FEDERAL SELECT AGENT PROGRAM
The Federal Select Agent Program (FSAP) regulates the possession, use, and transfer of biological select agents and toxins that have the potential to pose a severe threat to public, animal or plant health, or to animal or plant products. Common examples of select agents and toxins include the organisms that cause anthrax, smallpox, and bubonic plague, as well as the toxin ricin.
While potentially dangerous, work with select agents and toxins provides important scientific discoveries that have led to improved detection, prevention, diagnostic, and treatment options for diseases considered to be some of the most threatening to public, animal, and plant health. FSAP allows laboratories to conduct lifesaving research on these potentially dangerous materials while making sure it is done as safely and securely as possible.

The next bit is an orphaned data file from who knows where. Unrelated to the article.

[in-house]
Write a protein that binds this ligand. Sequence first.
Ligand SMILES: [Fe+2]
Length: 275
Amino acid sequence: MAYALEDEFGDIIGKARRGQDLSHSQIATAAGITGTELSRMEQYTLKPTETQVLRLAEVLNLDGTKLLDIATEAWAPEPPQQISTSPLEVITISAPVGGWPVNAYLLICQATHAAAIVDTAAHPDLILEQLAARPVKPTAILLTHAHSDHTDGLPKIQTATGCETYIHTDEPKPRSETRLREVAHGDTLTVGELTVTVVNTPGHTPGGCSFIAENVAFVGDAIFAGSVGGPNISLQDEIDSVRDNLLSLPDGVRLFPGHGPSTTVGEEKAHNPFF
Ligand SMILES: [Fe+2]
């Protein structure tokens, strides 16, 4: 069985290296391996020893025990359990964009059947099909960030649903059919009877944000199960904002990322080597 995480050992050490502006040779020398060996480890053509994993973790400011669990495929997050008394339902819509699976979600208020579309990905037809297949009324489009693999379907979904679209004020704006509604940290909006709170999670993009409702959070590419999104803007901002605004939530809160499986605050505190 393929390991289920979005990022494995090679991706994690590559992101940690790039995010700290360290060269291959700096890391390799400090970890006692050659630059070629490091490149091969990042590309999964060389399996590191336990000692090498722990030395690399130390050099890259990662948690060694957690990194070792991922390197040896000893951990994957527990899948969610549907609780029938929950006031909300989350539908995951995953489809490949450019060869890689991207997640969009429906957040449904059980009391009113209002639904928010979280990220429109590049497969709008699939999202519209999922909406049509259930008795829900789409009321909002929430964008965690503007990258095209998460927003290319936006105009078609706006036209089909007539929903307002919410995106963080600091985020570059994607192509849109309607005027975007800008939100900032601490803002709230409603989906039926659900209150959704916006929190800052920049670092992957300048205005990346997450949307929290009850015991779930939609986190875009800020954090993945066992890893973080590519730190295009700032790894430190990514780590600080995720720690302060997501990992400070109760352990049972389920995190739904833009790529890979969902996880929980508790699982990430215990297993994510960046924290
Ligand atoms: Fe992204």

The program is managed jointly by:
- The Division of Select Agents and Toxins at the Centers for Disease Control and Prevention (CDC) which is part of the U.S. Department of Health and Human Services
- The Division of Agricultural Select Agents and Toxins at the Animal and Plant Health Inspection Service, which is part of the U.S. Department of Agriculture (USDA)
The program currently regulates 68 select agents and toxins (link to list provided below). The list is reviewed at least every two years to determine if agents or toxins need to be added to or deleted from the list. The select agent regulations also established a procedure by which an attenuated strain of a select biological agent or toxin that does not pose a severe threat to public health and safety, animal health, or animal products may be excluded from the requirements of the select agent regulations. A link to the list of excluded strains and toxins is provided below.
Oversight at LSUHSC
Research at LSUHSC using agents and toxins on the FSAP list is overseen jointly by the IBC and the department of Environmental Health & Safety (EHS). EHS requirments are outlined in the Select Agents Policy linked below. Investigators should use the standard IBC protocol application in Kuali to submit research proposals involving select agents and toxins for review.